I'm in hurry, so please study my following code which I've prepared for you in order to explain issues such as polymorphism, overrriding and overloading:
The output is the following:
LaserPrinter prints 3 pages
Printer does tilt
Printer does second tilt
LaserPrinter does klimbim within 10 seconds
Ok, maybe it's a stupid example, but in any case, you can study the differences between reference type (left-side) and instance type (right-side).
Please take into account, that the instance type must pass the IS A test according to the reference type:
as you can see, LaserPrinter IS A Printer (the contrary is not true, a Printer IS NOT a LaserPrinter, an Animal IS NOT a cat, etc.)
If something remains unclear, I'll come back to you tomorrow!
(My guests are already waiting for dinner...)
Here's a way to think about what happens at compile time and then later at run time.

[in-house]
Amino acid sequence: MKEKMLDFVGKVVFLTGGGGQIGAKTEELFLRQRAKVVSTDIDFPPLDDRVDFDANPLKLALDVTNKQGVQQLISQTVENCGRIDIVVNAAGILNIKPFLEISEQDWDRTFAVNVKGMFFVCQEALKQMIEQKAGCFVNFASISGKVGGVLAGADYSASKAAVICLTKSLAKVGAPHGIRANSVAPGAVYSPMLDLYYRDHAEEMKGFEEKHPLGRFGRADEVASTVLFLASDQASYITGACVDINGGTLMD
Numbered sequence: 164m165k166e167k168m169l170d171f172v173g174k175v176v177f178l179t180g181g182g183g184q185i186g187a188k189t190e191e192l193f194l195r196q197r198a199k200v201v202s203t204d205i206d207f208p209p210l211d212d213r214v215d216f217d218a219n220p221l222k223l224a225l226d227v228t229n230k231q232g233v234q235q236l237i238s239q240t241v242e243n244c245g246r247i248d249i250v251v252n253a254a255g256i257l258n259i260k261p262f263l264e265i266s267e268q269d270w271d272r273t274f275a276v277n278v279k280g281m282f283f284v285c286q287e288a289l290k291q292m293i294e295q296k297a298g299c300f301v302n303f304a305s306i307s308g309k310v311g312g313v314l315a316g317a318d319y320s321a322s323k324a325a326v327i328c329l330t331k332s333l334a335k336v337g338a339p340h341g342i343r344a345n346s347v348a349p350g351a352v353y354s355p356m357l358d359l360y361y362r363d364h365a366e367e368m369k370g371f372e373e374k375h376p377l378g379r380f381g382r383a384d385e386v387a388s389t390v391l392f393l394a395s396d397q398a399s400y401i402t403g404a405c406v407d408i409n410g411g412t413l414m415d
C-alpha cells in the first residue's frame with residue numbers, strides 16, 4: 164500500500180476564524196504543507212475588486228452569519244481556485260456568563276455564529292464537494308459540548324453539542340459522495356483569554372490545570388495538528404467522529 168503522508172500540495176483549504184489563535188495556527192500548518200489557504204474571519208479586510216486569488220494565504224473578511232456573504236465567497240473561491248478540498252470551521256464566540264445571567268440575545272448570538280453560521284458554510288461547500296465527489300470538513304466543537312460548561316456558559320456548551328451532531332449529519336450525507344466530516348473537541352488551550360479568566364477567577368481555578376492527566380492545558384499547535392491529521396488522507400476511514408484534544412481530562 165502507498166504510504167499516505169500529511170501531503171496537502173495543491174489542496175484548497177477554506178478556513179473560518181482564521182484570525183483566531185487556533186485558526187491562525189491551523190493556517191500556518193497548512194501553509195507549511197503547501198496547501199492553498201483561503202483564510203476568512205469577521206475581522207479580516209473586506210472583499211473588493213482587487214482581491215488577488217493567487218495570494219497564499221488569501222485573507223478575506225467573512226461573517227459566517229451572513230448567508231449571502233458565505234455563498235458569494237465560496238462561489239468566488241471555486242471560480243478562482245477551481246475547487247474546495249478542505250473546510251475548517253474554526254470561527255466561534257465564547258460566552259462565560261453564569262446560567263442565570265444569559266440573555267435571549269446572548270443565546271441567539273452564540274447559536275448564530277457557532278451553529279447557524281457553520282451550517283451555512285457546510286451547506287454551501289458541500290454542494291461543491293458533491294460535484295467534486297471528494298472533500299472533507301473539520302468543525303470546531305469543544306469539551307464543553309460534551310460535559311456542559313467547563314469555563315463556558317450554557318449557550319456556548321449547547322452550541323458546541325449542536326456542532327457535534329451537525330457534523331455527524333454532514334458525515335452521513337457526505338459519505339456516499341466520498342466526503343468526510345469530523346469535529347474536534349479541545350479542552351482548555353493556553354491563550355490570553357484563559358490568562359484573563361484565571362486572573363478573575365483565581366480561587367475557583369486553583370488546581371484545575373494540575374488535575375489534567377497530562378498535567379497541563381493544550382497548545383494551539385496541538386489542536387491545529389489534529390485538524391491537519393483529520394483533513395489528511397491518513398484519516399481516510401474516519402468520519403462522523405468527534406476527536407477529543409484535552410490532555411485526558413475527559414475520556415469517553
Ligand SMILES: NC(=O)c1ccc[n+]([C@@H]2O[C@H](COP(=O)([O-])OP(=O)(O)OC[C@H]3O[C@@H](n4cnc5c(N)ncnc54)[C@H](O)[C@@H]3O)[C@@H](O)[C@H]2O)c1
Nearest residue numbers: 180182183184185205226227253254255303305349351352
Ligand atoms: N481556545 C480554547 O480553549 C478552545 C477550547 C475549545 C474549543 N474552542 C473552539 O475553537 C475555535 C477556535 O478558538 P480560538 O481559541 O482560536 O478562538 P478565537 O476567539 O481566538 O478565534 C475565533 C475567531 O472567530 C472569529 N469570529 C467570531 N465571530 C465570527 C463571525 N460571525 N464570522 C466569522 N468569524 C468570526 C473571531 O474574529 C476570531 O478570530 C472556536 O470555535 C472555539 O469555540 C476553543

The declared variable type determines what methods are available to be called - the
type's list of method behaviors. The compiler checks your code for valid calls to the
variable type's methods and allows calls on any type that has at least those behaviors.
It doesn't care that it may have more methods, or overrides of some of the variable
type's methods. Later at run time, the JVM gives first shot to any overriding method
the assigned object may have.